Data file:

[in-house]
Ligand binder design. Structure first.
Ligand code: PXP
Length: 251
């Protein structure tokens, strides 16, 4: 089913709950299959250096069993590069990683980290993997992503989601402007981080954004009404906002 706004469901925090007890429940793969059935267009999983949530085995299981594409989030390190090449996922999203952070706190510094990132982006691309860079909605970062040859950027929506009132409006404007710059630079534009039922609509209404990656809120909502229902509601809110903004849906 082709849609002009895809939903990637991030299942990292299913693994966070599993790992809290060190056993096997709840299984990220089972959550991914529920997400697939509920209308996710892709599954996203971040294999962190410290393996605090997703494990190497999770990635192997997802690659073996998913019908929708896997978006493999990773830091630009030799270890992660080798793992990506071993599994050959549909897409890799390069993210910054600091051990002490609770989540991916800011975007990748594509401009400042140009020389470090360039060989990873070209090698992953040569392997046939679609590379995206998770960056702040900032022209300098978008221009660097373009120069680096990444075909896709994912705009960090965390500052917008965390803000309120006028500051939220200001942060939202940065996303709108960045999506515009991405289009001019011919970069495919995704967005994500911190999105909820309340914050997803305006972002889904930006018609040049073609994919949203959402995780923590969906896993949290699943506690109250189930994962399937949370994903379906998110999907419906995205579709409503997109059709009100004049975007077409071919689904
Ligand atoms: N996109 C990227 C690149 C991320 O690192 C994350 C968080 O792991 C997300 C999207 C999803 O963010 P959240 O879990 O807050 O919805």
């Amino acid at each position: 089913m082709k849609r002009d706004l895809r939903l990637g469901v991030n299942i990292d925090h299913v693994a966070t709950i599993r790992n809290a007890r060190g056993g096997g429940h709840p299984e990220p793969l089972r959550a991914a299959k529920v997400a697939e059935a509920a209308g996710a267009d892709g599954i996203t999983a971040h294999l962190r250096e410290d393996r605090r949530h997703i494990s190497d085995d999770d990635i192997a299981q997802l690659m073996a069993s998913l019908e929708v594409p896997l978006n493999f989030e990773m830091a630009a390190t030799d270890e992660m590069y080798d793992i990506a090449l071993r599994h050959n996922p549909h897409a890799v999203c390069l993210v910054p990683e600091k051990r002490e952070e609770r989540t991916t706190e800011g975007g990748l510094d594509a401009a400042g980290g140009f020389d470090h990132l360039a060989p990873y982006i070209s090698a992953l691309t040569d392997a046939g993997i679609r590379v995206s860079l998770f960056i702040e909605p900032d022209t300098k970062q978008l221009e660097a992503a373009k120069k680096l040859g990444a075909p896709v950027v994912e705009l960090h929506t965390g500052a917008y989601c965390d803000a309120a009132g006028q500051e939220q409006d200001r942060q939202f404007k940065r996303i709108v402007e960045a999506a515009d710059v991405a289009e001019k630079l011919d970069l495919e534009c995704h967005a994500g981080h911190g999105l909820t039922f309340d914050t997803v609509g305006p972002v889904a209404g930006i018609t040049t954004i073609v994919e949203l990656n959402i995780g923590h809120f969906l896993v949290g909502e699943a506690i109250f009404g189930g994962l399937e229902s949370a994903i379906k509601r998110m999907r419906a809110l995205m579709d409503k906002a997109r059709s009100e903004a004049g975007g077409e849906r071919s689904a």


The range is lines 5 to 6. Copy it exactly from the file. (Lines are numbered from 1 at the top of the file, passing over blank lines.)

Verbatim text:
């Protein structure tokens, strides 16, 4: 089913709950299959250096069993590069990683980290993997992503989601402007981080954004009404906002 706004469901925090007890429940793969059935267009999983949530085995299981594409989030390190090449996922999203952070706190510094990132982006691309860079909605970062040859950027929506009132409006404007710059630079534009039922609509209404990656809120909502229902509601809110903004849906 082709849609002009895809939903990637991030299942990292299913693994966070599993790992809290060190056993096997709840299984990220089972959550991914529920997400697939509920209308996710892709599954996203971040294999962190410290393996605090997703494990190497999770990635192997997802690659073996998913019908929708896997978006493999990773830091630009030799270890992660080798793992990506071993599994050959549909897409890799390069993210910054600091051990002490609770989540991916800011975007990748594509401009400042140009020389470090360039060989990873070209090698992953040569392997046939679609590379995206998770960056702040900032022209300098978008221009660097373009120069680096990444075909896709994912705009960090965390500052917008965390803000309120006028500051939220200001942060939202940065996303709108960045999506515009991405289009001019011919970069495919995704967005994500911190999105909820309340914050997803305006972002889904930006018609040049073609994919949203959402995780923590969906896993949290699943506690109250189930994962399937949370994903379906998110999907419906995205579709409503997109059709009100004049975007077409071919689904
Ligand atoms: N996109 C990227 C690149 C991320 O690192 C994350 C968080 O792991 C997300 C999207 C999803 O963010 P959240 O879990 O807050 O919805």